Unpacking a massive Amiga collection

Mikel Rylander

As of late we have one notable addition to the archive – a grand collection from the UK mainly consisting of Amiga games. The unpacking and sorting has gone on for weeks now. As the archive administrator I get involved with a lot of different things related to our daily business. Right now I have the privilege of going through each item within this collection.

At the archive we are currently lacking items for many home computers. Securing this collection was a big step in the right direction for us. The sheer amount of games here is staggering to think about: 10,000 boxed Amiga games and 1,500 boxed Atari ST games. A respectable number of Commodore 64 and PC games are contained here as well.

For those of you unaware, the Amiga was a computer platform widely used for games in Europe and video production in general during the late 80s and early 90s. People all over the world were doing a lot more with these machines of course but that’s the quick explanation.

Unpacking has been quite the experience. I’ve seen a fair amount of the really memorable titles like Sensible Soccer, Turrican II, Speedball, Shadow of the Beast and the likes in a good variety of different versions, small-size budget releases, large premium releases with free T-shirts inside etc. Games and software in all shapes and forms. Cardboard boxes, clamshells, jewel cases, zip bags. As someone who is dealing with preservation, it was especially fun seeing some seemingly self-published games, also lesser known titles published in Poland and other parts of central and eastern Europe.

The Amiga line of computers first started with the 16-bit Amiga 1000 released back in 1985. Early games like Defender of the Crown really showcased what the computer could do, featuring graphics and sound never seen in a home system before. For some years its hardware was completely uncontested.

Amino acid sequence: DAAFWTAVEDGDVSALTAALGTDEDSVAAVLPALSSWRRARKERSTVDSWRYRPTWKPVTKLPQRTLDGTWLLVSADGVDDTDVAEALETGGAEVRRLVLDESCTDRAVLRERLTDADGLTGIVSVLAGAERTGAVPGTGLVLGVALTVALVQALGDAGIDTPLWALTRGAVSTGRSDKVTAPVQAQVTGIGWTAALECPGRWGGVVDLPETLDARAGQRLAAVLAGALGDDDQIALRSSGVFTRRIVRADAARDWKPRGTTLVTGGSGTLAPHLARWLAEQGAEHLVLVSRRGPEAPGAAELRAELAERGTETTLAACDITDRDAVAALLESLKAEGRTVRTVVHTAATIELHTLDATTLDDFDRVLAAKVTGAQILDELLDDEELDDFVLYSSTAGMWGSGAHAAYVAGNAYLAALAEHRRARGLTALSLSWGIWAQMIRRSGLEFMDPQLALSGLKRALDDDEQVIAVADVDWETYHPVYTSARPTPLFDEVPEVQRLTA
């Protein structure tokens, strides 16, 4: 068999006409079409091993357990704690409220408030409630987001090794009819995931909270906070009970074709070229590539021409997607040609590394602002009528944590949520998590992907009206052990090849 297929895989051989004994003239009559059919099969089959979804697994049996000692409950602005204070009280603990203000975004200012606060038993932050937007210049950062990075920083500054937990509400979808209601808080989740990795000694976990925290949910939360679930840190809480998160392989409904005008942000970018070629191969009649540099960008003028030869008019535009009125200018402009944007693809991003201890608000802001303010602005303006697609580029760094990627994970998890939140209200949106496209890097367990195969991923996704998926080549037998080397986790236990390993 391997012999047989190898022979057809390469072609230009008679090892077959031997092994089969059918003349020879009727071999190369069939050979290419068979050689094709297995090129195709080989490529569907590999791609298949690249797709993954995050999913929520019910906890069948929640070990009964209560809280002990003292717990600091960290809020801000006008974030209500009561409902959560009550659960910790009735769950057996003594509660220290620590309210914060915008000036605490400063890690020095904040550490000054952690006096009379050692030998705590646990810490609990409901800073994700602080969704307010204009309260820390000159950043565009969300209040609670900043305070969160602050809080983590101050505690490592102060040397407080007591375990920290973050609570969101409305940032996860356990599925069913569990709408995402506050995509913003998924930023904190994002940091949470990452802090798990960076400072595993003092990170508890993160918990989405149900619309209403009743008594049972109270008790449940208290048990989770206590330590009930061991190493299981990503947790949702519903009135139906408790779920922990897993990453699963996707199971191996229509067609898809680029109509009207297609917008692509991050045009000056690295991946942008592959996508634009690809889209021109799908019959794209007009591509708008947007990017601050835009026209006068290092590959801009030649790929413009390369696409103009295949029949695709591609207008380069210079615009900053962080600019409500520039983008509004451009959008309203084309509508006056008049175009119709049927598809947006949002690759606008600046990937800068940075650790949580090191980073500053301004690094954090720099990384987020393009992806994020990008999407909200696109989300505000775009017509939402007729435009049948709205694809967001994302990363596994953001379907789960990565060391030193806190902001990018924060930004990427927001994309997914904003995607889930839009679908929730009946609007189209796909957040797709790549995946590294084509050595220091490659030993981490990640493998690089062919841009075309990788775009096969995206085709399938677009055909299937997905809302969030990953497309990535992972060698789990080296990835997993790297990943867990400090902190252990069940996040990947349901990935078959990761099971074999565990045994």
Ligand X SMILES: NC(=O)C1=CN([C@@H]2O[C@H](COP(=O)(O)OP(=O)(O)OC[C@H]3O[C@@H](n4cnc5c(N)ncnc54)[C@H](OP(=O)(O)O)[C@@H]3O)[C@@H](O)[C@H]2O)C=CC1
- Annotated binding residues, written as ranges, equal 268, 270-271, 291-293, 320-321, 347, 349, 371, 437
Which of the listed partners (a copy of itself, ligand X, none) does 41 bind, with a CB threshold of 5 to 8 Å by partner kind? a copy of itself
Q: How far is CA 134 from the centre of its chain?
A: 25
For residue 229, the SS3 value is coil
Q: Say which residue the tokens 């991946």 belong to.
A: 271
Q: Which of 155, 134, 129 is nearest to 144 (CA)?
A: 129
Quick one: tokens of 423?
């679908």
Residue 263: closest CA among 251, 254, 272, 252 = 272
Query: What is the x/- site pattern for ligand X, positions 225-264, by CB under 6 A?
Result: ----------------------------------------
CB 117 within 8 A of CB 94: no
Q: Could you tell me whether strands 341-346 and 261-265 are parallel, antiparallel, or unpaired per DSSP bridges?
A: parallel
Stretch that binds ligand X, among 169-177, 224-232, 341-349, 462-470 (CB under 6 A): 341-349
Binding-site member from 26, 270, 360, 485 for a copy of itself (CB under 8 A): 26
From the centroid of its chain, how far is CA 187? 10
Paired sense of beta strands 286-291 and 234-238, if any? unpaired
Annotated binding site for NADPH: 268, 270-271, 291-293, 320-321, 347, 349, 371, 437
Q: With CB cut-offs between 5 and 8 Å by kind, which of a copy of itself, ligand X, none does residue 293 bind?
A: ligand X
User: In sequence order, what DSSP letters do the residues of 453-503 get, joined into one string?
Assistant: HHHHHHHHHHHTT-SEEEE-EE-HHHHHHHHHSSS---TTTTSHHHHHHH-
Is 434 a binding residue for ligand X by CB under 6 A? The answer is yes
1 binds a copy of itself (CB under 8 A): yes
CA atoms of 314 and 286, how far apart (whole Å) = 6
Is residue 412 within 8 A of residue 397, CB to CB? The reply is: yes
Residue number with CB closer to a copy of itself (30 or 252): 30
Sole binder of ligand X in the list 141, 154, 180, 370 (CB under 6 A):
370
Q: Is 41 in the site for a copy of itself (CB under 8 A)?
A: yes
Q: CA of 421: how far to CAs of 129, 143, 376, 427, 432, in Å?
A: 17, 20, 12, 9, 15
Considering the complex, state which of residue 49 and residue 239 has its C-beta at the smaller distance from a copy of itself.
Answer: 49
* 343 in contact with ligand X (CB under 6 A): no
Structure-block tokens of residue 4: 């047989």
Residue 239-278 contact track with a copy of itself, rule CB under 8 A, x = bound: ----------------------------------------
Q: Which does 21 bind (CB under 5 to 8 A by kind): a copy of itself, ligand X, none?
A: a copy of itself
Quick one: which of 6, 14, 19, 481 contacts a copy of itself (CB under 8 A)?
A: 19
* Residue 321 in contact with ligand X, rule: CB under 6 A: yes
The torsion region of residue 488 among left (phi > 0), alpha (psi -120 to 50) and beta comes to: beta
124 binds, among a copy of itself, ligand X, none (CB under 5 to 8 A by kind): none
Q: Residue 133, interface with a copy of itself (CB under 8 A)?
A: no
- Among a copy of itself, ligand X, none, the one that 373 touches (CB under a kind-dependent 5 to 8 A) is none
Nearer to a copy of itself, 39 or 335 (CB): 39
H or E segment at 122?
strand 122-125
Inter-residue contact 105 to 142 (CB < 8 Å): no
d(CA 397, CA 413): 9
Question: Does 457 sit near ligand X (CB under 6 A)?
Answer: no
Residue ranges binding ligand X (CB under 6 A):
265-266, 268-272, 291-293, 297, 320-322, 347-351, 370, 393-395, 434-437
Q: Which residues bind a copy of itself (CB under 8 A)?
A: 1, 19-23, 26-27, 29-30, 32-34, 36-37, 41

The price point was kind of high however, retailing for 1,300 USD at launch (3,750 USD roughly in today’s money) and sales were lagging behind as a result. It saw itself leapfrogged by the cheaper competitor in the 16-bit computer scene – the already mentioned Atari ST. But this quickly changed when Commodore released the Amiga 500 in 1987 costing half the price of the earlier model. This one had a iconic cheaper design in which the keyboard was built in like many home micros at the time. The A500 became the most popular model by far out of all the Amigas (which there were many of, look it up).

Even though Commodore and Atari both were American companies, the Amiga and ST saw more notable success in Europe as Apple and IBM had a too strong presence at home. Most game developers were based in Europe because of this. But there are more factors. The demo scene, being particularly strong around here, also helped keeping the user base alive. Greg Pratt of Atari USA famously outed the words “Atari would go under without Europe” around that time. The popularity might be brief looking back but it was pretty significant while it lasted.

Bottom line, these home computers are something you should care about. Their games and applications needs to be preserved as part of history and culture.